Shilluk fishing spear

Shilluk fishing spear
Other views of this artifact:

Accession Number:
[Southern Sudan]
Cultural Group:
Date Made:
By 1961
Iron Metal , Wood Plant , Animal Leather Skin , ?Tin Metal
Forged (Metal) , Hammered Socketed , Carved Polished , Stained Wound , Chequer Woven , Incised Decorated
Total L = 995 mm; Spearhead L = 483, socket W = 22.7, socket th = 21.3 mm, body W = 12.5, body th = 9.4 mm; shaft W = 18, th = 17 mm; butt W = 25.3, th = 25 mm; w strips = 3 mm [RTS 20/9/2004].
555.0 g
Other Owners:
Mr & Mrs A.J. Forster
Field Collector:
?Mr & Mrs A.J. Forster
PRM Source:
Mr & Mrs A.J. Forster
Donated September 1961
Collected Date:
By 1961
Fishing spear consisting of an iron spearhead with round sectioned point, on a narrow rectangular body, the sides of which have been chiselled to form 32 sharp parallel downwards pointing barbs that run down the left edge of the upper surface and the right edge of the underside. Below this is a decorative section where 4 oblique chisel blows have been struck in a cross-shaped pattern to create 4 barbs on both faces, then the body opens out into a cylindrical socket. The iron is currently a metallic gray colour (Pantone 420C). This spearhead has been fitted onto the top of a wooden shaft with slightly irregular, knotted surface and rounded butt. The wood has been a stained yellowish brown colour (Pantone 730C) and polished. The upper part of the shaft has been wound round with a narrow leather strip, then covered with a binding made of a dark brown leather strip (Pantone black 7C), interwoven with thin strips of a flexible white metal (Pantone 414C), probably tin, woven in at right angles, creating a checkerwork pattern. There is an additional strip of leather wound round to make a thicker band at the base of this. These bands are in poor condition and have begun to deteriorate. The shaft below has been decorated with an incised motif consisting of three horizontal lines around the body, filled with two rows of horizontally hatched triangles. There is then a further section of woven leather and tin strips just above the handle butt, where it may act as a hand grip; this also has thicker wound leather bands at its top and base, both quite loose. The end of the shaft has been reinforced with a thick iron strip that wraps in a spiral around the butt; this is rectangular in section and tapers to a point at either end. The spear is complete; however there is a large crack down one side of the wooden shaft, while the leather binding is beginning to perish and two small fragments have become detached. It has a weight of 555 grams. The object has a total length of 995 mm; the iron spearhead is 483 mm long, 22.7 mm wide and 21.3 mm thick at its base, and 12.5 mm wide and 9.4 mm thick at its barbed upper body. The shaft is 18 mm wide and 17 mm thick, while the iron wrapped handle butt is 25.3 mm wide and 25 mm thick. The strips used to create the handle grip are 3 mm wide.

John Petherick described Shilluk fishing in the mid 19th century as follows: "The fish are speared... The spear consists of a square, sharp-pointed iron spike, the corners of which are thickly barbed, and it is stuck into a handle about ten feet in length; a stout cord connects the spear to the upper end of the handle; and when a large fish is struck, it withdraws the spear, which, attached to the cord, allows it to be played, until, exhausted, it is drawn to the shore by means of a landing-hook attached to a short wooden handle. The men wade after each other in rows of three or four, always moving against the current, and continually thrust their spears horizontally through the water, either to the right or left' (J. Petherick,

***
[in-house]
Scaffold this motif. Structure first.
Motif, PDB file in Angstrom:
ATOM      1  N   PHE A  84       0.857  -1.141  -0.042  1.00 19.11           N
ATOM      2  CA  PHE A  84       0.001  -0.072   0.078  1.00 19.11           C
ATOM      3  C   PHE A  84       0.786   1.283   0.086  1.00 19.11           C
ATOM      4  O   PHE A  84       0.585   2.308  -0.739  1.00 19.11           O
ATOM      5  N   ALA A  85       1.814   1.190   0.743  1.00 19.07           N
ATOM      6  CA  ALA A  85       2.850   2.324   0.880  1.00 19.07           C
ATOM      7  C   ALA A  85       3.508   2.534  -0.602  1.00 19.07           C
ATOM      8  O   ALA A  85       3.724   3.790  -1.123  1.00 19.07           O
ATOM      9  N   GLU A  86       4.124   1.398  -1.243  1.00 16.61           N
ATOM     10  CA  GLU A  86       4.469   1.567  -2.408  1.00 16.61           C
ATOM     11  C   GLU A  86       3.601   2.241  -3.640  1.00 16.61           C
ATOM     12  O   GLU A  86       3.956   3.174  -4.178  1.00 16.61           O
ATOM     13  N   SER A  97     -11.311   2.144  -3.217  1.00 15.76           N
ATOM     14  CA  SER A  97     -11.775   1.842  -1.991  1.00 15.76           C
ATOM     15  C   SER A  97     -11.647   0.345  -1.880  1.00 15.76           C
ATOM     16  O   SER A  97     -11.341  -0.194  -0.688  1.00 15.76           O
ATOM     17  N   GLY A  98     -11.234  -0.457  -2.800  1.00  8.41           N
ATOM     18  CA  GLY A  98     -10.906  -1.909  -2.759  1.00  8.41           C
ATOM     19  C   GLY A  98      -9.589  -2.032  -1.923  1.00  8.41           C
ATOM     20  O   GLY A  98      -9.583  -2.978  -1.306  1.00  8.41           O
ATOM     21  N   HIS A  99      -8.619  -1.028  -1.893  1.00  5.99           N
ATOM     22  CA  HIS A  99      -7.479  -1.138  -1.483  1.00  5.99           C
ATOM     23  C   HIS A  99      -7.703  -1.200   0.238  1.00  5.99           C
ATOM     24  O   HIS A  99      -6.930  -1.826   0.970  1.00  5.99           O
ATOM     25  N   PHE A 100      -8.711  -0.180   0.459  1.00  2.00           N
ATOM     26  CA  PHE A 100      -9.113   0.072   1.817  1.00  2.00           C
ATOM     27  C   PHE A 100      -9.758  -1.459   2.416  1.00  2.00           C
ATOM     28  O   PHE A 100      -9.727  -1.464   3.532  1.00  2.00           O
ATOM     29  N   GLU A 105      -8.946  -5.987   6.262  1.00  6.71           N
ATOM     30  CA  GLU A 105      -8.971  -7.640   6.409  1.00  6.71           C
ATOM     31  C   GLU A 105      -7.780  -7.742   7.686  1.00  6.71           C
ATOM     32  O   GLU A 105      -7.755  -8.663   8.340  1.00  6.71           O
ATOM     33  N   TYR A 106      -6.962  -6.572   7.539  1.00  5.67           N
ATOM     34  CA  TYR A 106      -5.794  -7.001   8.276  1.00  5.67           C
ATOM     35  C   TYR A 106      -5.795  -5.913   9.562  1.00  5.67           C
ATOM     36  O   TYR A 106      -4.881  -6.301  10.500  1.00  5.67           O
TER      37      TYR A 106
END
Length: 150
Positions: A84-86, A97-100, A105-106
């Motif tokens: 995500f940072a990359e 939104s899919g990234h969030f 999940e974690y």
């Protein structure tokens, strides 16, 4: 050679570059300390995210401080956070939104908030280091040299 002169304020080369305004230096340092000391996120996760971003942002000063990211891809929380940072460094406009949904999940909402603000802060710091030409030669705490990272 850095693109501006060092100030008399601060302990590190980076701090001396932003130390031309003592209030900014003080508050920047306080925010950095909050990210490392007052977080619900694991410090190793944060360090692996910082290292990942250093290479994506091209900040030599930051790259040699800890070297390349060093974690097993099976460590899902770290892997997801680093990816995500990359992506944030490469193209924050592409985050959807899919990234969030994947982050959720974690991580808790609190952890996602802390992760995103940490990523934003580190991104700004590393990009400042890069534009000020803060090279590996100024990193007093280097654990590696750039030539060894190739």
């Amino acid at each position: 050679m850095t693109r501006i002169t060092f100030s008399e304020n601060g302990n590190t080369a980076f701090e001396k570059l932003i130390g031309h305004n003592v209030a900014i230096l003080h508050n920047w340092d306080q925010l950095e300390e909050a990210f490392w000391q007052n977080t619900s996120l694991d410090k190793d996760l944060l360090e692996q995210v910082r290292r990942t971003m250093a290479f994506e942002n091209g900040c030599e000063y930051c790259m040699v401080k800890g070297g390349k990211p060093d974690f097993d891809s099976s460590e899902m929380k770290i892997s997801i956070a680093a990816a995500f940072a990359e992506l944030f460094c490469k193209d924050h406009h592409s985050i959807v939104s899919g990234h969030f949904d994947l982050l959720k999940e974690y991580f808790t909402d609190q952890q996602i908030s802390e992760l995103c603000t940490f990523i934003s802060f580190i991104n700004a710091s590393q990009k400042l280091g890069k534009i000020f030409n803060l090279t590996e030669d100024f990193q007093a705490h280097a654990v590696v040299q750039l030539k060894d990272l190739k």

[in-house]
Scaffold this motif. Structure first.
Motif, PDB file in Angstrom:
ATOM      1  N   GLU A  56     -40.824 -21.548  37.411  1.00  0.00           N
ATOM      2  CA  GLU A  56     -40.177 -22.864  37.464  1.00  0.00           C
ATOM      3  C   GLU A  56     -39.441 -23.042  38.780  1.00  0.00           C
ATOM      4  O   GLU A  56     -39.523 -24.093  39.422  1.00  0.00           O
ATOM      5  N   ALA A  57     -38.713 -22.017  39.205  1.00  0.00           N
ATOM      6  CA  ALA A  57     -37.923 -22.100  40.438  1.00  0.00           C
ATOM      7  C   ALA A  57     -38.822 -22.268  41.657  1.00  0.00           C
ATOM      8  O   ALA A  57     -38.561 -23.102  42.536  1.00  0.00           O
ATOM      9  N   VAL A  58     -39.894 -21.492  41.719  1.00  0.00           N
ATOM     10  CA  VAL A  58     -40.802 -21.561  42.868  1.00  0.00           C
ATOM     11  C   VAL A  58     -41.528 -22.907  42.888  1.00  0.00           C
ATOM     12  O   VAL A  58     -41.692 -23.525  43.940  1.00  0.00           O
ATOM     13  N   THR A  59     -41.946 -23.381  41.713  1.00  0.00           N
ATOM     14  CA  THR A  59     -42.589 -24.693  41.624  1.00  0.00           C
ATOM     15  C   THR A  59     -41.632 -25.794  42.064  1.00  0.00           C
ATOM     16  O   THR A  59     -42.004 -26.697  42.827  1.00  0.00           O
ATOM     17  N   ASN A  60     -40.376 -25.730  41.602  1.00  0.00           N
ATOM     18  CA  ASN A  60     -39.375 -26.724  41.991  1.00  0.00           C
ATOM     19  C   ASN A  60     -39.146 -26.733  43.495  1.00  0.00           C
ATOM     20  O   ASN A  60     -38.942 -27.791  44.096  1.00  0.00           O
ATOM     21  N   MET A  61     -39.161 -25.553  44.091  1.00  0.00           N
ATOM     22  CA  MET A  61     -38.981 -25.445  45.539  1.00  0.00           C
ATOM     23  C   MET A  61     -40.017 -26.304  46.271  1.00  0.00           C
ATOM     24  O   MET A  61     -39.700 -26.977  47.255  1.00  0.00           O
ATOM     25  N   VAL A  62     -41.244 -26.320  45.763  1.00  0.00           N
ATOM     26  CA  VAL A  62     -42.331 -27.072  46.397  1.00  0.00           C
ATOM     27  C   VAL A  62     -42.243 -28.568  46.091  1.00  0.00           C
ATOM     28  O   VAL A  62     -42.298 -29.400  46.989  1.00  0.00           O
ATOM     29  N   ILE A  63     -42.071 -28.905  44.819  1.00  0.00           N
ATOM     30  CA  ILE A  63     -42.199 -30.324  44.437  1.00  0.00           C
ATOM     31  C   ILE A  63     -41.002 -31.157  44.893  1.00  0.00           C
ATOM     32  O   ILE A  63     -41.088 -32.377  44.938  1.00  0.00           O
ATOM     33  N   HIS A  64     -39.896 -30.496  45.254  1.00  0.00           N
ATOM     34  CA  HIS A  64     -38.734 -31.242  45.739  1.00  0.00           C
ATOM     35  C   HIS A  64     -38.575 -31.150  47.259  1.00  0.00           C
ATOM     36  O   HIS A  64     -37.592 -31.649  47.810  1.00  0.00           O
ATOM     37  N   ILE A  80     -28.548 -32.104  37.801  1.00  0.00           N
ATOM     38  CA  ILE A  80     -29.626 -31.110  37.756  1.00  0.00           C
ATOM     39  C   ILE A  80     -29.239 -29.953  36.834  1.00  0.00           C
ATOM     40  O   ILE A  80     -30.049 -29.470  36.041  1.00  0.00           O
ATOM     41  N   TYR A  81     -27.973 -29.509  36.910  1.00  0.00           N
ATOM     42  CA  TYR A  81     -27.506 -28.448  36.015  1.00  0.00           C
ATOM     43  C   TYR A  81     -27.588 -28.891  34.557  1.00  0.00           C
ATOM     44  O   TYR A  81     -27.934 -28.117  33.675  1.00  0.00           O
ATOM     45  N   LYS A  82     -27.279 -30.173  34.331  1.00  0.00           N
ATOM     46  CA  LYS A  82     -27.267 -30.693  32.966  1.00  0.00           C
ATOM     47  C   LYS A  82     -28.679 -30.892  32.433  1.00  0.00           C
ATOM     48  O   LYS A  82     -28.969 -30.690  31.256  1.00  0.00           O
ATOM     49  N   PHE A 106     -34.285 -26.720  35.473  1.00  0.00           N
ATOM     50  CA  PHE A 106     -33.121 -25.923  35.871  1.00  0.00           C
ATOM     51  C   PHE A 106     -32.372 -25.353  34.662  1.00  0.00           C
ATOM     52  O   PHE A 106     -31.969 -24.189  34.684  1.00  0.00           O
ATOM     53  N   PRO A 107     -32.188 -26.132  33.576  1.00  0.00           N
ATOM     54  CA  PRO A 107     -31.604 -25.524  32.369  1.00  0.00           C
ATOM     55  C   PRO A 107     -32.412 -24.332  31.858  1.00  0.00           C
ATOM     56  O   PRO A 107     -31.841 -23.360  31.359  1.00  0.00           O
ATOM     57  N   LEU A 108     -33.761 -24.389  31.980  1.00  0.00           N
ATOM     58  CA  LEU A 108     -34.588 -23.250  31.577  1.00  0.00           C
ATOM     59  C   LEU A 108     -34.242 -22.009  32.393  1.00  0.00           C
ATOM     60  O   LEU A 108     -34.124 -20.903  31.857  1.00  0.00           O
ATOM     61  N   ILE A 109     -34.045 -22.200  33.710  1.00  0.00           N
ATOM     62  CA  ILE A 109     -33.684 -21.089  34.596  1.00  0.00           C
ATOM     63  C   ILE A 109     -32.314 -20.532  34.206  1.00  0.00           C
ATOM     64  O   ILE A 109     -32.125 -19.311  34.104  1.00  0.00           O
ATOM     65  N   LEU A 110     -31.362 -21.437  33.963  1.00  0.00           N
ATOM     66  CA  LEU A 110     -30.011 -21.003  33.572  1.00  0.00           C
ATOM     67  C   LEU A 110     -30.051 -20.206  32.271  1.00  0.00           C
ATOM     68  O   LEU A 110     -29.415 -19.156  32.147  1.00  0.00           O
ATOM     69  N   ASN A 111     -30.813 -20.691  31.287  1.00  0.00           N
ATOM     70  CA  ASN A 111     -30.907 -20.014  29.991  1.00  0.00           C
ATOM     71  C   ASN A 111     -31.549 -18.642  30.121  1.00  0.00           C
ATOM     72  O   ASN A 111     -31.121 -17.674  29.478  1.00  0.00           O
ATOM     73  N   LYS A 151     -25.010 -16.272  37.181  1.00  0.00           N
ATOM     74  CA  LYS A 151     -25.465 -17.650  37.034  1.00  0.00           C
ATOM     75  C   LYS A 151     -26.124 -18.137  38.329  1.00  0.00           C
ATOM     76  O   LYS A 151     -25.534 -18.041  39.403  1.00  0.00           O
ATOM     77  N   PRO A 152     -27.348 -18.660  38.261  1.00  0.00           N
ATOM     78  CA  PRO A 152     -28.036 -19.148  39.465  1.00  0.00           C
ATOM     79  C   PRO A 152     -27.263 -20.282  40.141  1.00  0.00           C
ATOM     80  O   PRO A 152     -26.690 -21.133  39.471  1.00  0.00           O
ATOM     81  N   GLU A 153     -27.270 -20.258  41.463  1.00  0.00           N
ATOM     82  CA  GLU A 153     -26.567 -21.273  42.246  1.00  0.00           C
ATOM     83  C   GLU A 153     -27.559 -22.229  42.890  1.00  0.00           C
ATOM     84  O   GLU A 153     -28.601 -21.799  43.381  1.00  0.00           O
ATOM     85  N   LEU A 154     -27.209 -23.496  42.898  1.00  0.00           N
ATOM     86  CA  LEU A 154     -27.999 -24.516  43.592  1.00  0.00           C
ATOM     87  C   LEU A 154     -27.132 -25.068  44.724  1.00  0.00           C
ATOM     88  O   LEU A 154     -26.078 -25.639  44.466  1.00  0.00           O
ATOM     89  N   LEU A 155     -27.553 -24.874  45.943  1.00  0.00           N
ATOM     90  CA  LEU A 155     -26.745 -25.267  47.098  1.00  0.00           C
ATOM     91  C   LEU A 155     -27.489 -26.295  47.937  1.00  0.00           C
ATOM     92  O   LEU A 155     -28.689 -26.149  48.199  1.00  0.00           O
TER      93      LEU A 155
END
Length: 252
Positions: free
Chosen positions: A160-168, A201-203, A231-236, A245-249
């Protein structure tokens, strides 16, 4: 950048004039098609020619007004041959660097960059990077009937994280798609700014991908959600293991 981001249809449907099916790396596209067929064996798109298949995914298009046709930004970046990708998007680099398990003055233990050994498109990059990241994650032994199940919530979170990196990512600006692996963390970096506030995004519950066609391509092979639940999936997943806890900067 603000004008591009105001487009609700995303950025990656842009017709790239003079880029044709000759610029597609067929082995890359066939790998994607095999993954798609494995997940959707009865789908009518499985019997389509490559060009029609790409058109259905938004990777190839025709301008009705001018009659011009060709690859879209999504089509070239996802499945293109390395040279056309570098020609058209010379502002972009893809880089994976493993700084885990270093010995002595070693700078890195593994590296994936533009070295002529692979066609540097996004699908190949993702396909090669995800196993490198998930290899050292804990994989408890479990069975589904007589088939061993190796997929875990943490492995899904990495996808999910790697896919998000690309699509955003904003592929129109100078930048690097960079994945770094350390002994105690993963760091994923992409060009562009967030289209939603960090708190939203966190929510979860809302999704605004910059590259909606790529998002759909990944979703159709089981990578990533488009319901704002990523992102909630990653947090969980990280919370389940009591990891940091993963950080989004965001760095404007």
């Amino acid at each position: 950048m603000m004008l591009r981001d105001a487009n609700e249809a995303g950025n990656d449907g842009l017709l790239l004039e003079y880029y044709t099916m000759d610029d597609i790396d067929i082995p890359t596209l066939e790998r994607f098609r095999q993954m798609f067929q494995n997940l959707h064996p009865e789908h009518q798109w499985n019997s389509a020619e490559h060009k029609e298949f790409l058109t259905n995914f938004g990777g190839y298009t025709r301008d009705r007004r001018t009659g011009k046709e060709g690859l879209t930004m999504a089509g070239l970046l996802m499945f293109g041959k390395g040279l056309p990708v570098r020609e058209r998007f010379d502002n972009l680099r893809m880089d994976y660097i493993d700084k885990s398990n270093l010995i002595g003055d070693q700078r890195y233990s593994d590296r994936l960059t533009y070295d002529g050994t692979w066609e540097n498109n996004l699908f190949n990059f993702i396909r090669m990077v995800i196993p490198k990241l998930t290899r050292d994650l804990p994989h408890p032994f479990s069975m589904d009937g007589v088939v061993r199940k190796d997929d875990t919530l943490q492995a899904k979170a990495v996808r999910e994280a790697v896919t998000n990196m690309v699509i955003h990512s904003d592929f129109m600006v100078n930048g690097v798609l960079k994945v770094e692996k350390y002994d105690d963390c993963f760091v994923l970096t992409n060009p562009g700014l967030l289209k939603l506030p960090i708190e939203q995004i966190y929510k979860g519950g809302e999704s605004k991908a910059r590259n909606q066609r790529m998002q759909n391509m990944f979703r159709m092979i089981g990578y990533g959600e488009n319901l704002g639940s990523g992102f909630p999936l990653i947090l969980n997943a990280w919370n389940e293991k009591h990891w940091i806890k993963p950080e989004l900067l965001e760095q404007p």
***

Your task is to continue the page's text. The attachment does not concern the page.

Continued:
Egypt, The Sudan and Central Africa: with Explorations from Khartoum on the White Nile to the Regions of the Equator: Being Sketches from Sixteen Years’ Travel, 1861, pp 357-8). This particular type of spear is of a different design, as it has a much shorter shaft and lacks the detachable, harpoon style head that Petherick describes. However the barbing along the spearhead served a similar purpose, of preventing the spear being pulled free of the fish while lifting it out of the water.

For another Shilluk fishing spear with the same type of metallic weave handle grip, see 1961.9.7; this is combined with a different style of spearhead and is much lighter. For similar spearheads see 1942.8.61 and 1979.20.109 from the Dinka Tuich, and J. Ryle, 1982,
Warriors of the White Nile: The Dinka , pp 106-109 for photographs of the Dinka using this type of spear.

Rachael Sparks 2/8/2005.

Primary Documentation:
Accession Book Entry [p. 45] - Mr & Mrs A.J. FORSTER, St Mary's ... OXFORD. Mr. Forster was some time Bursar of MAGDALEN Coll., Oxford. [p. 46] 1961.9.8 - SUDAN, SHILLUK. Fish-spear, 3 ft. 1 in. long. Iron point, socketed, 1 ft .7 1/2 in. long. Slightly cut-in barbs. Leather checker-work grip near centre & at base of iron shaft.

Card Catalogue Entry - There is no further information on the tribes catalogue card [RTS 23/7/2004].

Old Pitt Rivers Museum label - [front] 1961.9.8 Fish spear d.d. Mr & Mrs A.J. Forster [back] SHILLUK [circular, metal-edged label, with circular red sticker on back indicating it has been photographed; label not kept with object, RTS 13/1/2004].

Funded by Arts and Humanities Research Council
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